Saturday, February 9, 2013

A couple of “Found” antiques

Well just for the heck of it, and because occasionally you NEED to, I decided to drag out the bigass monolight to take a photo of a couple of antiques I found at the local Goodwill. 


The first is an old weather station with a simple barometer, alcohol thermometer and a hygrometer.  The second is a Hamilton MECHANICAL clock, which I grabbed the instant I saw it!  It took a little work to get it operational (the key was missing, and the pendulum hanger was bent) but it works perfectly and I am currently in the process of calibrating it to WWV.

And no, I did not use a white powder flashpan to take this photo, the “flame” reflected on the clock is actually my left hand, held parallel to the Sunpak 522 flash on the side of my camera (both to warm the light and to fill in the shadows left by the White Lightning, which was to my right when I took the photo).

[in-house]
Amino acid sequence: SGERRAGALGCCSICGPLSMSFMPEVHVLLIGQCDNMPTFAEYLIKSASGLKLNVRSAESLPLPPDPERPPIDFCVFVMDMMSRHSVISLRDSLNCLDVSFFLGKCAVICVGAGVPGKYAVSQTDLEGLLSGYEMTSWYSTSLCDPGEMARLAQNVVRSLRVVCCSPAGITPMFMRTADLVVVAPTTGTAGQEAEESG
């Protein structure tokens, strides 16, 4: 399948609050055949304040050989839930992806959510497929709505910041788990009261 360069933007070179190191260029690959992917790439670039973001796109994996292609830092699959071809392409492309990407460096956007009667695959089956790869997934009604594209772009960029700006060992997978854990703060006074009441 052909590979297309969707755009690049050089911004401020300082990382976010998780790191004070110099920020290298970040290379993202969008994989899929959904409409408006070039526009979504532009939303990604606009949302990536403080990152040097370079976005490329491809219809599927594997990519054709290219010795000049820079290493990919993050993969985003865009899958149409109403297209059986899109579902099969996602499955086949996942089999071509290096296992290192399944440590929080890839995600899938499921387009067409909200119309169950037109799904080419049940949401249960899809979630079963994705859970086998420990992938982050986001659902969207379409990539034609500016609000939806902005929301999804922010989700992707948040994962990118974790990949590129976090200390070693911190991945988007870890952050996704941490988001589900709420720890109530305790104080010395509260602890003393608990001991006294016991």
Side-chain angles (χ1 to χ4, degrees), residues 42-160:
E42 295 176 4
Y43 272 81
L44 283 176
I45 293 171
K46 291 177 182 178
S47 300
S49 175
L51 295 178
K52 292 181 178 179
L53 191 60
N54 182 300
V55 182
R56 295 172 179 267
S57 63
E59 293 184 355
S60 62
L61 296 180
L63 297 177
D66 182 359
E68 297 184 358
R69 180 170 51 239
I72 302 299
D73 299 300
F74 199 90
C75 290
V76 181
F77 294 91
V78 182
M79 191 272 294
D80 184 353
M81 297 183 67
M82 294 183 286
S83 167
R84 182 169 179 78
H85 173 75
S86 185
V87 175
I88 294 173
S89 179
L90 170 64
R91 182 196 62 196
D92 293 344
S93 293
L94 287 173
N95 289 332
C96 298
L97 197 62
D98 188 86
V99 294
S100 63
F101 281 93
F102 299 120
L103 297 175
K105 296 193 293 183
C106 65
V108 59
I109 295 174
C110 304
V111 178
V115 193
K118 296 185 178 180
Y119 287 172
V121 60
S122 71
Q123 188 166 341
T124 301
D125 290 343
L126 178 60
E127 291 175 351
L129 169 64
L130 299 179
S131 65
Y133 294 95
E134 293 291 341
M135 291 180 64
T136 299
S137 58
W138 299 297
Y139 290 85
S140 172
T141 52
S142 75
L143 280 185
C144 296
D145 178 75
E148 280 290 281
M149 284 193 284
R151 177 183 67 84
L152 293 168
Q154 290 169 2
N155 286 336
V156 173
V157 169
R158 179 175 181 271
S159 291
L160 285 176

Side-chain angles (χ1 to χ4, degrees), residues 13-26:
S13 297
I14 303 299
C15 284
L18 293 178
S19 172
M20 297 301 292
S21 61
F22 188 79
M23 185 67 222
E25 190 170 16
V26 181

Saturday, April 2, 2011

Beer & Chick'n


Just a quick update on the progress of my new flock. Today I cleaned out the brooder box, in the interim confining the chickens to four empty beer cases (three birds per box, which allowed enough room to prevent a potentially fatal “piling” situation). All 12 birds are doing well, and as of now I have three “confirmed” males (judging by comb and wattle growth; unlike with mammals birds have no visible genitals, and can only be sexed by secondary features) which is, fortunately, about what I initially suspected. Sure this means less (if any) Spring Chicken (as I think I can give away at least two of these cockerels), but it also means less dealing with the “issues” of Spring Chicken…


The boys, currently seperated from the girls, huddle together; hiding from the overhanging Sun(pak). Actually this is normal behavior when a small number of chicks are isolated in a dark place; and my ├╝ber bright flash gun has nothing to do with it (and coincidentially, it fired just over minimum power).

That’s all I have for now. More later…

Friday, March 18, 2011


Yes it’s that time of year again…  And I already got my Peeps!